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What Now for Europe? | U.S. PATRIOT NEWS & REVIEWS

What Now for Europe?

On the 23rd of June, in a shock referendum result, the United Kingdom voted to leave the European Union. Sometime in the next couple of months the British government will formally notify the EU that the country will be pulling out, starting a two year countdown that will make the UK an independent nation again.

From a political point of view, I think this is great news. I’m fed up with my country’s laws being made by foreign bureaucrats I didn’t elect and can’t get rid of. Understandably, though, what’s worrying a lot of people is what this means for global security. With terrorism at high levels, and Russia still pushing an assertive foreign policy, how is Britain’s exit from the EU going to impact security throughout the west?

Well, the good news is it won’t, really. Despite the claims made throughout the campaign, the EU doesn’t really have a security and defense capability at all. It certainly has ambitions, and already spends quite a lot on a grandiose headquarters and a handful of “EU Battlegroups” but, in terms of actual capability, there really isn’t any. Anybody remember the Bosnian civil war, when it was proudly announced that “This is the hour of Europe?” I do. I also remember deploying there as part of a US-led NATO mission, because the EU had turned out to be as powerless as it was incompetent. Nothing has changed since then.

EU ExitWill this trigger the formation of an EU army? With the UK out of the picture the only country likely to have serious objections to that is France. The country will now be the only EU member that really has the capability to mount an operation on its own, and it guards its military independence jealously. Most other EU members are keen to cut even more from their defense budgets, though, and an EU military would be one way to do that. Each country could pay less than it did now towards a force that, on paper (but probably not in reality), would be third or fourth in the world. However, the only thing that’s likely to persuade France to join is if they get to be in charge. My guess is that the smaller states will progressively integrate their militaries while France stays out of it but agrees to cooperate closely, perhaps up to adopting common equipment designs (as long as they’re made in France).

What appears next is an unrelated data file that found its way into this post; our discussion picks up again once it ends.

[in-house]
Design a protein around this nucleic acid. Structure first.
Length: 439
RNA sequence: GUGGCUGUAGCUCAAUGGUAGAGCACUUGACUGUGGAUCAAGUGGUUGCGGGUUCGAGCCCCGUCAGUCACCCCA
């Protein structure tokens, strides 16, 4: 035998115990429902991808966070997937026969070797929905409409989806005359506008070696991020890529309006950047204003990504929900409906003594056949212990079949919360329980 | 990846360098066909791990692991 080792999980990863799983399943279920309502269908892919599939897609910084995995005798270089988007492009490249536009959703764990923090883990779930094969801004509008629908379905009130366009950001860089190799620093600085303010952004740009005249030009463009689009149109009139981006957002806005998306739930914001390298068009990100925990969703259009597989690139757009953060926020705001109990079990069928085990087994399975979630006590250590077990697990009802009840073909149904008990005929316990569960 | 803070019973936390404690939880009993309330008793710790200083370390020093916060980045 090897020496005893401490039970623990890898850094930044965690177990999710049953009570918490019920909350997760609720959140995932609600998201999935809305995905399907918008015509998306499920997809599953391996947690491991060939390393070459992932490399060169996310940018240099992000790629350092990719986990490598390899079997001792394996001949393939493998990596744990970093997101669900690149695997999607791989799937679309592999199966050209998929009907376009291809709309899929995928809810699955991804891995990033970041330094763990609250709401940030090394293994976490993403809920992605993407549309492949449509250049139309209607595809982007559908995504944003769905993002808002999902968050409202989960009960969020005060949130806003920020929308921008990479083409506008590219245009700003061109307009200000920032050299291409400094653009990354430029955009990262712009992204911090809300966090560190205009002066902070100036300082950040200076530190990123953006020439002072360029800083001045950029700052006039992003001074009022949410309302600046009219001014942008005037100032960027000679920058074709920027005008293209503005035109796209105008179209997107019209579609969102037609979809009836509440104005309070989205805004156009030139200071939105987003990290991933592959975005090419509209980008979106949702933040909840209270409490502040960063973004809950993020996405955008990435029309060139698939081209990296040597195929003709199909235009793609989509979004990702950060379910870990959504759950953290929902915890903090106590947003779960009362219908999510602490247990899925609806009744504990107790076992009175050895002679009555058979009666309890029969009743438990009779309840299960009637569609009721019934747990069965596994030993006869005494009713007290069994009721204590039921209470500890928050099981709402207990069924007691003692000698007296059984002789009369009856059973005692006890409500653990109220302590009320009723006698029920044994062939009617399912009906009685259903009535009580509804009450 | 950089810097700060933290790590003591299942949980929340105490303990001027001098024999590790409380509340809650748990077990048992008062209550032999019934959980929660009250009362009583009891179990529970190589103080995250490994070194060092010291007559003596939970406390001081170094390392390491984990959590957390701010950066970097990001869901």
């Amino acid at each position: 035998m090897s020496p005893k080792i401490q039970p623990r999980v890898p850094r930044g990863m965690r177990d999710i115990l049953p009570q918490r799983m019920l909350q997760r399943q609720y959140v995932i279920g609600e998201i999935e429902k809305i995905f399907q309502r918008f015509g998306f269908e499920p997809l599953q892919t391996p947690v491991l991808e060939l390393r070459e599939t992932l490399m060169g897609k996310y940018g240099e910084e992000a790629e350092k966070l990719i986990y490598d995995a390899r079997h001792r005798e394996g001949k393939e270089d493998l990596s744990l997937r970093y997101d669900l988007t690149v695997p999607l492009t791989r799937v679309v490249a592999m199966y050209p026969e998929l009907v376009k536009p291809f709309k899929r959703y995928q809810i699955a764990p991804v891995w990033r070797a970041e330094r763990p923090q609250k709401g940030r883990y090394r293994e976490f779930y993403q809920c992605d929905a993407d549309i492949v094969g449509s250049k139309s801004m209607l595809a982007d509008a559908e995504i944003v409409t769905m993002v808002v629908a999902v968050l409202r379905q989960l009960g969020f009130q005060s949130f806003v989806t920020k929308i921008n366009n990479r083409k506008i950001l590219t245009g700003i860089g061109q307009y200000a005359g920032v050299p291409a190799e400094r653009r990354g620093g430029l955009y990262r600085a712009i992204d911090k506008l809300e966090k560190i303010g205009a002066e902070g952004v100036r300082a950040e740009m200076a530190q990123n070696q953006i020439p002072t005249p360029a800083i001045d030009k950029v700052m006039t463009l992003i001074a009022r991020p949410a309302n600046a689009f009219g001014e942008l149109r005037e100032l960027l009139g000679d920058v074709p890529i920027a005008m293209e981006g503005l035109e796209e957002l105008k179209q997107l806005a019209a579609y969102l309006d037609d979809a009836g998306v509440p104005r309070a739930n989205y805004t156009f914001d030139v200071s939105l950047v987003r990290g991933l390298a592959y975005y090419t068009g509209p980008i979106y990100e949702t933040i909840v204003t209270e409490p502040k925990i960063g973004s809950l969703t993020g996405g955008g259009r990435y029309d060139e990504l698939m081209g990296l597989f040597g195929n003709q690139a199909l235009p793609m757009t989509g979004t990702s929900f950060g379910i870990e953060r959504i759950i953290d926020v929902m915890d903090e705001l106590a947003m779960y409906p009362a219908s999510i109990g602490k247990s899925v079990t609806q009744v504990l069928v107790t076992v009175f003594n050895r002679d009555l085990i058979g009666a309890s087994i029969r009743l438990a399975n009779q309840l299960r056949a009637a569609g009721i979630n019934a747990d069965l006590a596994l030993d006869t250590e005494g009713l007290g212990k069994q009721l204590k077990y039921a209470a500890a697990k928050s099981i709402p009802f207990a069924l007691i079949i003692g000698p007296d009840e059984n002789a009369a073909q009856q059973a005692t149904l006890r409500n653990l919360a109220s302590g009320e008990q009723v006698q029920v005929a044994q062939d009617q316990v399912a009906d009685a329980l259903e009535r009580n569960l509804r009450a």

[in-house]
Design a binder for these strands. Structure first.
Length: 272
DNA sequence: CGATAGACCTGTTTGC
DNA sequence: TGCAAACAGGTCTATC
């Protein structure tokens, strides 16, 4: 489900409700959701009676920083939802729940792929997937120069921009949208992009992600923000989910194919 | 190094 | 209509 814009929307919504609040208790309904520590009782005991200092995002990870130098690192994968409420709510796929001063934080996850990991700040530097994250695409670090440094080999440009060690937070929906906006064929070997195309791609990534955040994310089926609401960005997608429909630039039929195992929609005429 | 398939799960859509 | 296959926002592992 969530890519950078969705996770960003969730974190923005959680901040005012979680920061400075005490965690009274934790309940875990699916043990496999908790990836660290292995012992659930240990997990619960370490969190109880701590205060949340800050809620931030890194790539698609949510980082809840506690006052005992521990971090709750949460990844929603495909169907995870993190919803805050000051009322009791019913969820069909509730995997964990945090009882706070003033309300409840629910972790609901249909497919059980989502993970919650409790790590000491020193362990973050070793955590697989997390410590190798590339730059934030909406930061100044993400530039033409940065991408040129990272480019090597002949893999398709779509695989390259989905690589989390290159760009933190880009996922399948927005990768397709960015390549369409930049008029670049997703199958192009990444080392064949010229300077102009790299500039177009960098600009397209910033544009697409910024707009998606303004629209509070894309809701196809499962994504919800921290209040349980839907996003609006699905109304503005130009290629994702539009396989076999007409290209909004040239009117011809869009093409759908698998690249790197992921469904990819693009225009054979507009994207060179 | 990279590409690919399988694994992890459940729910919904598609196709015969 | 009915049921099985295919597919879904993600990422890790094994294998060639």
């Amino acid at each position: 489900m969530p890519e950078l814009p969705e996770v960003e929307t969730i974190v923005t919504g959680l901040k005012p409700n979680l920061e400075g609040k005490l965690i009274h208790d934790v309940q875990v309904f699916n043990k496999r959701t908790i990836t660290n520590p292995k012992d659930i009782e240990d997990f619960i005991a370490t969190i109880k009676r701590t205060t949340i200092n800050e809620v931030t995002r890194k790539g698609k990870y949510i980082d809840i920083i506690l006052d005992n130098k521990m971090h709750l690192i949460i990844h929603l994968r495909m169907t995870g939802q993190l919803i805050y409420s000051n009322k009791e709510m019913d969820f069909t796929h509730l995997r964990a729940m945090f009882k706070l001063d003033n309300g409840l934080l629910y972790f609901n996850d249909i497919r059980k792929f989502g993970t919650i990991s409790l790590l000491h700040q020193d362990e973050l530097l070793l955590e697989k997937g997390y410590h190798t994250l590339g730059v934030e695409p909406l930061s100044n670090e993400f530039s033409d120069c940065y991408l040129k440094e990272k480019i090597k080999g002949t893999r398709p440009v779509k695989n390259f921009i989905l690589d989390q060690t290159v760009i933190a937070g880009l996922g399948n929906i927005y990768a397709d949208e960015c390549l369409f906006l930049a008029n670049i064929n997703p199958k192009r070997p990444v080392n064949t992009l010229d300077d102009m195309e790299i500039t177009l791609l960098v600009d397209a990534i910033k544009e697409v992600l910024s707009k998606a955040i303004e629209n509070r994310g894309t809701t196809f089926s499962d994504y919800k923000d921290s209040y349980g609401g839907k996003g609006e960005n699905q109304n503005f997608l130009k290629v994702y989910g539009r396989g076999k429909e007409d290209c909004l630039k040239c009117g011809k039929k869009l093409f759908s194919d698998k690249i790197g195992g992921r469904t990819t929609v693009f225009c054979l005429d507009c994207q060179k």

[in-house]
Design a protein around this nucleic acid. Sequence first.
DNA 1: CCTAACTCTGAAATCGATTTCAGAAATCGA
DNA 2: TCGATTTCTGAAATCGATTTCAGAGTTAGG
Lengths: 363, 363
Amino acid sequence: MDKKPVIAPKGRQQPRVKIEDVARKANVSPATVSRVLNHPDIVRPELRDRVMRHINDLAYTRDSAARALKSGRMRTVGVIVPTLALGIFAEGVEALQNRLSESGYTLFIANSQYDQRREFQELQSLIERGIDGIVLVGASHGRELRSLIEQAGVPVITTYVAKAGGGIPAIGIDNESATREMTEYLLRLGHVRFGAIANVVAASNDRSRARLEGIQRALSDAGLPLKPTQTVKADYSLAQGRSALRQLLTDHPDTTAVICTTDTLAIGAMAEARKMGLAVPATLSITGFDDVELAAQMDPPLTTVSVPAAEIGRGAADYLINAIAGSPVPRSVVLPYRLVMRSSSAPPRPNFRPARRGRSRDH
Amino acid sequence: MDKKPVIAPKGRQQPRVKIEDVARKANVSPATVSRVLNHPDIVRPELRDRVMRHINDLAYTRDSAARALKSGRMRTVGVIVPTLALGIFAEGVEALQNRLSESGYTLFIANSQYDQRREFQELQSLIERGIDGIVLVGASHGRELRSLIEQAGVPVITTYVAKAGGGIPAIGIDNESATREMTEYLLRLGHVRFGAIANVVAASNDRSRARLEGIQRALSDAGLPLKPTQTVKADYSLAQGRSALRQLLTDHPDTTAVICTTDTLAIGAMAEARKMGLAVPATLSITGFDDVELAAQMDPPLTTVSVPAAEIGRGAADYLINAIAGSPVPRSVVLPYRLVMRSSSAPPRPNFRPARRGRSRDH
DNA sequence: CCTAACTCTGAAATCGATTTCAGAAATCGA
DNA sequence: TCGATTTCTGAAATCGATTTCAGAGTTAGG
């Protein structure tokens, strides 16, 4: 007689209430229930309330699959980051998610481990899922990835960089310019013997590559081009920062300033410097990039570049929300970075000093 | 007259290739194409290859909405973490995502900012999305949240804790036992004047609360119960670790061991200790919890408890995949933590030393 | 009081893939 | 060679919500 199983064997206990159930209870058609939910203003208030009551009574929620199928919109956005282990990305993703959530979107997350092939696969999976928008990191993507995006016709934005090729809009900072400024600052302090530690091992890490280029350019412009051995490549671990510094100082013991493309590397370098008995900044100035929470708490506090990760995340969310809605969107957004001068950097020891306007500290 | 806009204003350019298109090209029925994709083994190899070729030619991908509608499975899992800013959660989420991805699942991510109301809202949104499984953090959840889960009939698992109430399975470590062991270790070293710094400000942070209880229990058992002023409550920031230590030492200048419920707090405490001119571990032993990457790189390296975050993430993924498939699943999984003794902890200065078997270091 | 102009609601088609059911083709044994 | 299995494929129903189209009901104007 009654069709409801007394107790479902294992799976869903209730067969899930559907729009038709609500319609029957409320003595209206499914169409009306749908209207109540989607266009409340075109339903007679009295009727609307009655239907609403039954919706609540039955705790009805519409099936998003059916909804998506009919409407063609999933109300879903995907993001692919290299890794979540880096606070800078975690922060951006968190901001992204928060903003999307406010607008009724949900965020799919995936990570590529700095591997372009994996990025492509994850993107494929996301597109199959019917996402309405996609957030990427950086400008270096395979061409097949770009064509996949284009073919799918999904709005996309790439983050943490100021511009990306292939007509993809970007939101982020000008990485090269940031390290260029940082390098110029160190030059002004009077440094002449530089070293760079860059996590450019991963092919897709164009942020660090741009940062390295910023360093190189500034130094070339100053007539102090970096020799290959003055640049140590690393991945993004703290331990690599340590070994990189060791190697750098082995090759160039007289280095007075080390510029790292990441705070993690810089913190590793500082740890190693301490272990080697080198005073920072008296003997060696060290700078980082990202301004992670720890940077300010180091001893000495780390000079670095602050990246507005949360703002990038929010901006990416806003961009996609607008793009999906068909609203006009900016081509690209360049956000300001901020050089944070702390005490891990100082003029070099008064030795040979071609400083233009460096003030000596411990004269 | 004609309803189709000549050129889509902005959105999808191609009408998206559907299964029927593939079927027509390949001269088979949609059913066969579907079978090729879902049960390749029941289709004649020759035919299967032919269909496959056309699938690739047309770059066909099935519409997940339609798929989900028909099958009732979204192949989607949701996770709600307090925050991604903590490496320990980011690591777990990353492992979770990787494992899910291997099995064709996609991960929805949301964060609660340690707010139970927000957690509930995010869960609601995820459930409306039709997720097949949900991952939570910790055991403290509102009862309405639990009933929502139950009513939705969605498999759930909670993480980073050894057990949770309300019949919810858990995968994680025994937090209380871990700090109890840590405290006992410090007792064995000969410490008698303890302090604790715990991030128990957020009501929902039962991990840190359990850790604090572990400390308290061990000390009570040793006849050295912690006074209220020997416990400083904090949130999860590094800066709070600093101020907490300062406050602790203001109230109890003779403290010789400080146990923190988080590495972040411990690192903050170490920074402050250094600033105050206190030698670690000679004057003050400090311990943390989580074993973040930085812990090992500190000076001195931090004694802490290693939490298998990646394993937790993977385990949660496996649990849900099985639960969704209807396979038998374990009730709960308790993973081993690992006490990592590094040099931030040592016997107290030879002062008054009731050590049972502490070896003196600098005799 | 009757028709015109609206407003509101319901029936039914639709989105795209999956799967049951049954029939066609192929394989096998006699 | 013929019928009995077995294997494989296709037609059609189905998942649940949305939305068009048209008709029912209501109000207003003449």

When it comes to counter-terrorism, the picture is much clearer: The EU has almost no counter-terrorist capability. Intelligence sharing will not be affected at all by the Brexit, because every EU intelligence agency worth bothering with is in NATO anyway. In any case, the real action happens through the Five Eyes alliance, and the material that generates doesn’t even get shared with the EU now; the Brexit will affect nothing.

So, overall, it looks like the Brexit will have little effect on British, European or US security. The west’s real power is the NATO alliance, with the US armed forces as its backbone, and that isn’t going to change. There are going to be financial and political ripples spreading out for years to come, but we’re no more likely to get invaded or murdered than we were last Wednesday.

Disclaimer: The content in this article is the opinion of the writer and does not necessarily reflect the policies or opinions of US Patriot Tactical.

Fergus Mason

Fergus Mason grew up in the west of Scotland. After attending university he spent 14 years in the British Army and served in Bosnia, Northern Ireland, Kosovo and Iraq. Afterwards, he went to Afghanistan as a contractor, where he worked in Kabul, Mazar-e-Sharif and Camp Leatherneck. He now writes on a variety of topics including current affairs and military matters.
Fergus Mason

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